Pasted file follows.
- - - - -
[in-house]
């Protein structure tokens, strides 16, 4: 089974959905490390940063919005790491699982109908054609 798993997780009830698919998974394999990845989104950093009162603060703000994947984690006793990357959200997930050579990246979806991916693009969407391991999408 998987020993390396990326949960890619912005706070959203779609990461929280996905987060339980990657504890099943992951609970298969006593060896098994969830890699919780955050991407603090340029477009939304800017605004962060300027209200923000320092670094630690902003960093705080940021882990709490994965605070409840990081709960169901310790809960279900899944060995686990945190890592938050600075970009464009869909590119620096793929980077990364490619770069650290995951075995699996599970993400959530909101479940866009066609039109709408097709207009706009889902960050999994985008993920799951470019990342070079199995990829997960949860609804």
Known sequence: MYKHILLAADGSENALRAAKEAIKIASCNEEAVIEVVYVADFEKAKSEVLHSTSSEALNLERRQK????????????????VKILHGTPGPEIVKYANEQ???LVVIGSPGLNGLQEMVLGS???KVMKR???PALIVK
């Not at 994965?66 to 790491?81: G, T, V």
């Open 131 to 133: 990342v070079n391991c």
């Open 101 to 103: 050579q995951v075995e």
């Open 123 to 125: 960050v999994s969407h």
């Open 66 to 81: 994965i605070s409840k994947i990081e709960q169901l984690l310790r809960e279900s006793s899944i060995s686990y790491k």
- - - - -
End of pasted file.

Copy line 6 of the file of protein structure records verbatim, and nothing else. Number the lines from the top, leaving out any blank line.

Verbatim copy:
């Open 101 to 103: 050579q995951v075995e």